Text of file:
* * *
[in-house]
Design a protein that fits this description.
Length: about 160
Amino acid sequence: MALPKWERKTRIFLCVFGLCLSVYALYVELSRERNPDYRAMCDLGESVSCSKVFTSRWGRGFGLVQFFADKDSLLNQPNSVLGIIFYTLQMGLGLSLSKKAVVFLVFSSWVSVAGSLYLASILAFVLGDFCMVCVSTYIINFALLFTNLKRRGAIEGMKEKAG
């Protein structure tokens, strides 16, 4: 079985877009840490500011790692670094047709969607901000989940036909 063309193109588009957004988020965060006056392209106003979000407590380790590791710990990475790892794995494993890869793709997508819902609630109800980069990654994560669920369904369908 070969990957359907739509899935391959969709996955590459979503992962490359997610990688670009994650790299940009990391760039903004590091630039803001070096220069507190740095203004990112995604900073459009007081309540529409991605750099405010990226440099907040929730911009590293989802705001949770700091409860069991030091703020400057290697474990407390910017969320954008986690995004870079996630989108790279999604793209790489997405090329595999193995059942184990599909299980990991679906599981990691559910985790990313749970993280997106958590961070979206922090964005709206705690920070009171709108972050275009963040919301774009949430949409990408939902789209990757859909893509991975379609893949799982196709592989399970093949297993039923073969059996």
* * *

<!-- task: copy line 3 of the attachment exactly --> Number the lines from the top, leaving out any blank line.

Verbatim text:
Length: about 160